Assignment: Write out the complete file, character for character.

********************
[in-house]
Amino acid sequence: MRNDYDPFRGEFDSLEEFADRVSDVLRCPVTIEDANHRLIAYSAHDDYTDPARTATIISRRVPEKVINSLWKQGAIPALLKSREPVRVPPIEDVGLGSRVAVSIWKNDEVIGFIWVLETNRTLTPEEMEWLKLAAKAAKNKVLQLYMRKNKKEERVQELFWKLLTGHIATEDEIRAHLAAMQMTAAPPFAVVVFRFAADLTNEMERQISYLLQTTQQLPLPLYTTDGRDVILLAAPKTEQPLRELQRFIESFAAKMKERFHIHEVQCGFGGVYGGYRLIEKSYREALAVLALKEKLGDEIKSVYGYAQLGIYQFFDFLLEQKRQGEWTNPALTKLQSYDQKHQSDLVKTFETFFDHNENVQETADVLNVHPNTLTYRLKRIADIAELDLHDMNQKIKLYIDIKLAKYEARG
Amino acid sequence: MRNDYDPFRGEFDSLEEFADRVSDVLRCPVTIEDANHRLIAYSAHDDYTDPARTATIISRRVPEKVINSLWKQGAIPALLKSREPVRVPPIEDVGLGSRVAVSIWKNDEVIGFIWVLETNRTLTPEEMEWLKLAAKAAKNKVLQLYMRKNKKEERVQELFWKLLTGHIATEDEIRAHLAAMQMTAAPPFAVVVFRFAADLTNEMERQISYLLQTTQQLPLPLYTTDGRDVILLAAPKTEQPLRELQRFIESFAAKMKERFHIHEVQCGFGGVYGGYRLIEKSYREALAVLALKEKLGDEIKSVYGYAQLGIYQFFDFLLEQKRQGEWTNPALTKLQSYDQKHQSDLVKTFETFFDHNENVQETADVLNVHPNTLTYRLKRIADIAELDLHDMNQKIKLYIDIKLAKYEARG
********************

[in-house]
Amino acid sequence: MRNDYDPFRGEFDSLEEFADRVSDVLRCPVTIEDANHRLIAYSAHDDYTDPARTATIISRRVPEKVINSLWKQGAIPALLKSREPVRVPPIEDVGLGSRVAVSIWKNDEVIGFIWVLETNRTLTPEEMEWLKLAAKAAKNKVLQLYMRKNKKEERVQELFWKLLTGHIATEDEIRAHLAAMQMTAAPPFAVVVFRFAADLTNEMERQISYLLQTTQQLPLPLYTTDGRDVILLAAPKTEQPLRELQRFIESFAAKMKERFHIHEVQCGFGGVYGGYRLIEKSYREALAVLALKEKLGDEIKSVYGYAQLGIYQFFDFLLEQKRQGEWTNPALTKLQSYDQKHQSDLVKTFETFFDHNENVQETADVLNVHPNTLTYRLKRIADIAELDLHDMNQKIKLYIDIKLAKYEARG
Amino acid sequence: MRNDYDPFRGEFDSLEEFADRVSDVLRCPVTIEDANHRLIAYSAHDDYTDPARTATIISRRVPEKVINSLWKQGAIPALLKSREPVRVPPIEDVGLGSRVAVSIWKNDEVIGFIWVLETNRTLTPEEMEWLKLAAKAAKNKVLQLYMRKNKKEERVQELFWKLLTGHIATEDEIRAHLAAMQMTAAPPFAVVVFRFAADLTNEMERQISYLLQTTQQLPLPLYTTDGRDVILLAAPKTEQPLRELQRFIESFAAKMKERFHIHEVQCGFGGVYGGYRLIEKSYREALAVLALKEKLGDEIKSVYGYAQLGIYQFFDFLLEQKRQGEWTNPALTKLQSYDQKHQSDLVKTFETFFDHNENVQETADVLNVHPNTLTYRLKRIADIAELDLHDMNQKIKLYIDIKLAKYEARG